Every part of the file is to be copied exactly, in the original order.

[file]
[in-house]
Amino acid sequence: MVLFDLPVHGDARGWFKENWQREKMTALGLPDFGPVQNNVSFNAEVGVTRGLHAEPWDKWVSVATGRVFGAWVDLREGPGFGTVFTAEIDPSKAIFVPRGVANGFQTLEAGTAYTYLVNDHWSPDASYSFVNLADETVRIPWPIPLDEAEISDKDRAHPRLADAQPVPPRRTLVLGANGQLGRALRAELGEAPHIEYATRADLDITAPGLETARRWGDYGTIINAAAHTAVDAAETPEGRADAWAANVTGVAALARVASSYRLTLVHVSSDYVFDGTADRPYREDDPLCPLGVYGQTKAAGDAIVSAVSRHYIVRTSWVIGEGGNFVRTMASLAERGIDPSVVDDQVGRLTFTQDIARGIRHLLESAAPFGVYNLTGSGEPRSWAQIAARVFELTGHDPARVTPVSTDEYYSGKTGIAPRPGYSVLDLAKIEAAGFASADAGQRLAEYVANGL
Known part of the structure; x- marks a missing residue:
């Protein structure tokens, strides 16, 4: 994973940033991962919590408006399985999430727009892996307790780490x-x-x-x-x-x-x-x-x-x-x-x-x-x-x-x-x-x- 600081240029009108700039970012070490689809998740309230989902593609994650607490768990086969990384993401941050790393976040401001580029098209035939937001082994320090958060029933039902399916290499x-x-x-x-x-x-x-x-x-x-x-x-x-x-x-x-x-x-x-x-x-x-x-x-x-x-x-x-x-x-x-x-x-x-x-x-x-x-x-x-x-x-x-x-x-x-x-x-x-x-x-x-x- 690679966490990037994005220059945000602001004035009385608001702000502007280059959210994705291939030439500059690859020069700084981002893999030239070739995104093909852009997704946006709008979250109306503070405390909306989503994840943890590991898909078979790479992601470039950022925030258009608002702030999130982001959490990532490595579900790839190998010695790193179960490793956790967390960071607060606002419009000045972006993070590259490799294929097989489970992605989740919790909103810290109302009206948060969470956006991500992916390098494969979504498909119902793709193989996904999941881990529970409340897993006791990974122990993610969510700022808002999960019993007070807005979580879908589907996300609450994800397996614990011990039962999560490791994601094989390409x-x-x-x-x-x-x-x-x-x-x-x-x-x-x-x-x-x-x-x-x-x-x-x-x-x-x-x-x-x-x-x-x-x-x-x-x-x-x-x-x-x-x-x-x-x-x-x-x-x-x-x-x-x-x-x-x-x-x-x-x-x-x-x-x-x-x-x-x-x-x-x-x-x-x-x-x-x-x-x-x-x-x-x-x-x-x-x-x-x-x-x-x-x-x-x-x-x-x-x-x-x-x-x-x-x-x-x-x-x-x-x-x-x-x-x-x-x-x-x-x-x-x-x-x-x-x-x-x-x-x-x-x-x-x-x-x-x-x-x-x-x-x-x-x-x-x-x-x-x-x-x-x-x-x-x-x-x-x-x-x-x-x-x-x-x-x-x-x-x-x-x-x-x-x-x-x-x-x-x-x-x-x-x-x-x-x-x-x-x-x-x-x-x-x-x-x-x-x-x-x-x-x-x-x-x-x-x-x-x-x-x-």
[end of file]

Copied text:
[in-house]
Amino acid sequence: MVLFDLPVHGDARGWFKENWQREKMTALGLPDFGPVQNNVSFNAEVGVTRGLHAEPWDKWVSVATGRVFGAWVDLREGPGFGTVFTAEIDPSKAIFVPRGVANGFQTLEAGTAYTYLVNDHWSPDASYSFVNLADETVRIPWPIPLDEAEISDKDRAHPRLADAQPVPPRRTLVLGANGQLGRALRAELGEAPHIEYATRADLDITAPGLETARRWGDYGTIINAAAHTAVDAAETPEGRADAWAANVTGVAALARVASSYRLTLVHVSSDYVFDGTADRPYREDDPLCPLGVYGQTKAAGDAIVSAVSRHYIVRTSWVIGEGGNFVRTMASLAERGIDPSVVDDQVGRLTFTQDIARGIRHLLESAAPFGVYNLTGSGEPRSWAQIAARVFELTGHDPARVTPVSTDEYYSGKTGIAPRPGYSVLDLAKIEAAGFASADAGQRLAEYVANGL
Known part of the structure; x- marks a missing residue:
């Protein structure tokens, strides 16, 4: 994973940033991962919590408006399985999430727009892996307790780490x-x-x-x-x-x-x-x-x-x-x-x-x-x-x-x-x-x- 600081240029009108700039970012070490689809998740309230989902593609994650607490768990086969990384993401941050790393976040401001580029098209035939937001082994320090958060029933039902399916290499x-x-x-x-x-x-x-x-x-x-x-x-x-x-x-x-x-x-x-x-x-x-x-x-x-x-x-x-x-x-x-x-x-x-x-x-x-x-x-x-x-x-x-x-x-x-x-x-x-x-x-x-x- 690679966490990037994005220059945000602001004035009385608001702000502007280059959210994705291939030439500059690859020069700084981002893999030239070739995104093909852009997704946006709008979250109306503070405390909306989503994840943890590991898909078979790479992601470039950022925030258009608002702030999130982001959490990532490595579900790839190998010695790193179960490793956790967390960071607060606002419009000045972006993070590259490799294929097989489970992605989740919790909103810290109302009206948060969470956006991500992916390098494969979504498909119902793709193989996904999941881990529970409340897993006791990974122990993610969510700022808002999960019993007070807005979580879908589907996300609450994800397996614990011990039962999560490791994601094989390409x-x-x-x-x-x-x-x-x-x-x-x-x-x-x-x-x-x-x-x-x-x-x-x-x-x-x-x-x-x-x-x-x-x-x-x-x-x-x-x-x-x-x-x-x-x-x-x-x-x-x-x-x-x-x-x-x-x-x-x-x-x-x-x-x-x-x-x-x-x-x-x-x-x-x-x-x-x-x-x-x-x-x-x-x-x-x-x-x-x-x-x-x-x-x-x-x-x-x-x-x-x-x-x-x-x-x-x-x-x-x-x-x-x-x-x-x-x-x-x-x-x-x-x-x-x-x-x-x-x-x-x-x-x-x-x-x-x-x-x-x-x-x-x-x-x-x-x-x-x-x-x-x-x-x-x-x-x-x-x-x-x-x-x-x-x-x-x-x-x-x-x-x-x-x-x-x-x-x-x-x-x-x-x-x-x-x-x-x-x-x-x-x-x-x-x-x-x-x-x-x-x-x-x-x-x-x-x-x-x-x-x-």